WASHINGTON (Reuters) - Michele Flournoy, a former top U.S. Department of Defense official widely tipped as a possible replacement for Defense Secretary Chuck Hagel, has taken herself out of consideration for the job, according to multiple sources familiar with the circumstances.
Flournoy, co-founder and chief executive of the Center for a New American Security, wrote to the think tank’s board of directors saying she would remain in her post and had asked President Barack Obama to remove her from consideration to head the Pentagon, the sources told Reuters on Tuesday.
One of the sources said Flournoy, whose youngest child is 13, had cited family reasons for her decision.
In an interview with Reuters earlier this year, Flournoy, who left the Pentagon in 2012, expressed some concern about the way the Obama administration centralized decision-making.
“There’s a real choke point,” Flournoy said. “There’s only so much bandwidth and there’s only so much they can handle at one time. So, things start to slow down.”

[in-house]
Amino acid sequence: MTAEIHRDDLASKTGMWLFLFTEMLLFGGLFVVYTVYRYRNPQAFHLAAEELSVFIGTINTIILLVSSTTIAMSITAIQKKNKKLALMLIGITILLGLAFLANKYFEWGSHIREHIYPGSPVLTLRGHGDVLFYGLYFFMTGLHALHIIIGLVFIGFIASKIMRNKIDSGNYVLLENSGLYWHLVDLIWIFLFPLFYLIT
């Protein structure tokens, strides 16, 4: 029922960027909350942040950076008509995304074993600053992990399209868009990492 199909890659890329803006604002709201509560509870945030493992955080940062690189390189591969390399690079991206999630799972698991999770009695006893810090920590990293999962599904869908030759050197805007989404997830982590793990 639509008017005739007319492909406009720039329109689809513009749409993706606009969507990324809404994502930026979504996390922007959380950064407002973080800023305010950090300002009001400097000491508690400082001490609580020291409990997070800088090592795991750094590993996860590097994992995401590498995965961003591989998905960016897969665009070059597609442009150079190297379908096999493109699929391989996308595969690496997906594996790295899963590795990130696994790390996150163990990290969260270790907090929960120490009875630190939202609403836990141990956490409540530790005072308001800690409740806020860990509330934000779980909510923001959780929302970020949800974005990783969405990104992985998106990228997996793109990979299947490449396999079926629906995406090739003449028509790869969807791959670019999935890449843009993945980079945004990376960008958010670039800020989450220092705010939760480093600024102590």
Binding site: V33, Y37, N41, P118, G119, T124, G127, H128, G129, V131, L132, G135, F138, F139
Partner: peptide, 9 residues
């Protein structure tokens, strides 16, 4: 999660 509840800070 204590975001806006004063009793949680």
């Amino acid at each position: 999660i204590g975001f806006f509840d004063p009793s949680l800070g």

Flournoy would have been the first woman to head the Defense Department if she had been nominated and confirmed in the post. Her decision to drop out of the running was first reported earlier on Tuesday by Foreign Policy magazine.
Hagel announced his resignation on Monday.
Flournoy’s decision leaves Ashton Carter, former deputy defense secretary, and the current deputy, Robert Work, as the top potential candidates for the job. Spokespeople for both Carter and Work declined to comment.
Foreign Policy said the White House could also look to Representative Adam Smith, the top Democrat on the House Armed Services Committee, to fill the post.
Smith’s office declined comment.
Obama is not expected to announce his choice this week.
“The president is considering a number of well qualified candidates however, I don’t have any personnel announcements at this time,” said a senior admininstration official.
Reporting by Andrea Shalal, David Storey, Phil Stewart, Steve Holland and Patricia Zengerle; Editing by Jim Loney, Peter Cooney and Diane Craft